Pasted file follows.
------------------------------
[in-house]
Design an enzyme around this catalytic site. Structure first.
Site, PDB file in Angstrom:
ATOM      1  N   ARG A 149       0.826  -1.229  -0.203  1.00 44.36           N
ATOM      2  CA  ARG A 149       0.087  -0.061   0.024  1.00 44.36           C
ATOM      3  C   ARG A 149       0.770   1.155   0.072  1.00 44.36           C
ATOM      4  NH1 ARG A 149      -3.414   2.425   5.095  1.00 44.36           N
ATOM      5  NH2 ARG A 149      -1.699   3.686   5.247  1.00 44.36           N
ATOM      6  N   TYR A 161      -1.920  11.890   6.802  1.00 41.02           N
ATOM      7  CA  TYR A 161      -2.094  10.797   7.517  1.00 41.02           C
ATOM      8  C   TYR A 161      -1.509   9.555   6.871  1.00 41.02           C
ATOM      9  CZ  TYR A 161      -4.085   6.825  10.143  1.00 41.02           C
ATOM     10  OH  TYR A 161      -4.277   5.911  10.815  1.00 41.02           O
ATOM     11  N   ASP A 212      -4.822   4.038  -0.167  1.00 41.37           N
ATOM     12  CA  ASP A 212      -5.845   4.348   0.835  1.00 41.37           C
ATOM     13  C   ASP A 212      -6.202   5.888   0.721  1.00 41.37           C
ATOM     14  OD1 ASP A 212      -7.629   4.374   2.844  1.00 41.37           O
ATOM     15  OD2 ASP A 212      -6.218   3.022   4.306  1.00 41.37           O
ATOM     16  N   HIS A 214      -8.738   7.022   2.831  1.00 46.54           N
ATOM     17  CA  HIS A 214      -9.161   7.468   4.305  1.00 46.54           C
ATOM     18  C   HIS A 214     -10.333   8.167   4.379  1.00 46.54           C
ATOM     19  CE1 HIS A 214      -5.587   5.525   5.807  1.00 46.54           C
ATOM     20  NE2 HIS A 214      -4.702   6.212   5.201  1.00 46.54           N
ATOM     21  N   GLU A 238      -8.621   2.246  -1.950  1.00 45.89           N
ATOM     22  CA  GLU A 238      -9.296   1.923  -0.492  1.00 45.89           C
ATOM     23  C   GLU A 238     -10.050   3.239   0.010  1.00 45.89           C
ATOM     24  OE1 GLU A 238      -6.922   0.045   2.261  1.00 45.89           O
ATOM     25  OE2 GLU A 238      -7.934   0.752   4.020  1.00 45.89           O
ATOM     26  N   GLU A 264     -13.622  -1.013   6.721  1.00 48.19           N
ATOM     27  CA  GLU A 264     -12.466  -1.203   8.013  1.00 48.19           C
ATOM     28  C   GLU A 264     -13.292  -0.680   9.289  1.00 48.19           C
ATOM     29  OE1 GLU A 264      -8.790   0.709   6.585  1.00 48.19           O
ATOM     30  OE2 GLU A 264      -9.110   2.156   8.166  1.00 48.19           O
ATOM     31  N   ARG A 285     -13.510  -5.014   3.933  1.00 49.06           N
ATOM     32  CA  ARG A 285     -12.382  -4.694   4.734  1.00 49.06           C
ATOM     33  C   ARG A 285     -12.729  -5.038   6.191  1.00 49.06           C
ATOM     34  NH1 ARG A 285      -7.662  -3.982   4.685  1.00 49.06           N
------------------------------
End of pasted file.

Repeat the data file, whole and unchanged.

[in-house]
Design an enzyme around this catalytic site. Structure first.
Site, PDB file in Angstrom:
ATOM      1  N   ARG A 149       0.826  -1.229  -0.203  1.00 44.36           N
ATOM      2  CA  ARG A 149       0.087  -0.061   0.024  1.00 44.36           C
ATOM      3  C   ARG A 149       0.770   1.155   0.072  1.00 44.36           C
ATOM      4  NH1 ARG A 149      -3.414   2.425   5.095  1.00 44.36           N
ATOM      5  NH2 ARG A 149      -1.699   3.686   5.247  1.00 44.36           N
ATOM      6  N   TYR A 161      -1.920  11.890   6.802  1.00 41.02           N
ATOM      7  CA  TYR A 161      -2.094  10.797   7.517  1.00 41.02           C
ATOM      8  C   TYR A 161      -1.509   9.555   6.871  1.00 41.02           C
ATOM      9  CZ  TYR A 161      -4.085   6.825  10.143  1.00 41.02           C
ATOM     10  OH  TYR A 161      -4.277   5.911  10.815  1.00 41.02           O
ATOM     11  N   ASP A 212      -4.822   4.038  -0.167  1.00 41.37           N
ATOM     12  CA  ASP A 212      -5.845   4.348   0.835  1.00 41.37           C
ATOM     13  C   ASP A 212      -6.202   5.888   0.721  1.00 41.37           C
ATOM     14  OD1 ASP A 212      -7.629   4.374   2.844  1.00 41.37           O
ATOM     15  OD2 ASP A 212      -6.218   3.022   4.306  1.00 41.37           O
ATOM     16  N   HIS A 214      -8.738   7.022   2.831  1.00 46.54           N
ATOM     17  CA  HIS A 214      -9.161   7.468   4.305  1.00 46.54           C
ATOM     18  C   HIS A 214     -10.333   8.167   4.379  1.00 46.54           C
ATOM     19  CE1 HIS A 214      -5.587   5.525   5.807  1.00 46.54           C
ATOM     20  NE2 HIS A 214      -4.702   6.212   5.201  1.00 46.54           N
ATOM     21  N   GLU A 238      -8.621   2.246  -1.950  1.00 45.89           N
ATOM     22  CA  GLU A 238      -9.296   1.923  -0.492  1.00 45.89           C
ATOM     23  C   GLU A 238     -10.050   3.239   0.010  1.00 45.89           C
ATOM     24  OE1 GLU A 238      -6.922   0.045   2.261  1.00 45.89           O
ATOM     25  OE2 GLU A 238      -7.934   0.752   4.020  1.00 45.89           O
ATOM     26  N   GLU A 264     -13.622  -1.013   6.721  1.00 48.19           N
ATOM     27  CA  GLU A 264     -12.466  -1.203   8.013  1.00 48.19           C
ATOM     28  C   GLU A 264     -13.292  -0.680   9.289  1.00 48.19           C
ATOM     29  OE1 GLU A 264      -8.790   0.709   6.585  1.00 48.19           O
ATOM     30  OE2 GLU A 264      -9.110   2.156   8.166  1.00 48.19           O
ATOM     31  N   ARG A 285     -13.510  -5.014   3.933  1.00 49.06           N
ATOM     32  CA  ARG A 285     -12.382  -4.694   4.734  1.00 49.06           C
ATOM     33  C   ARG A 285     -12.729  -5.038   6.191  1.00 49.06           C
ATOM     34  NH1 ARG A 285      -7.662  -3.982   4.685  1.00 49.06           N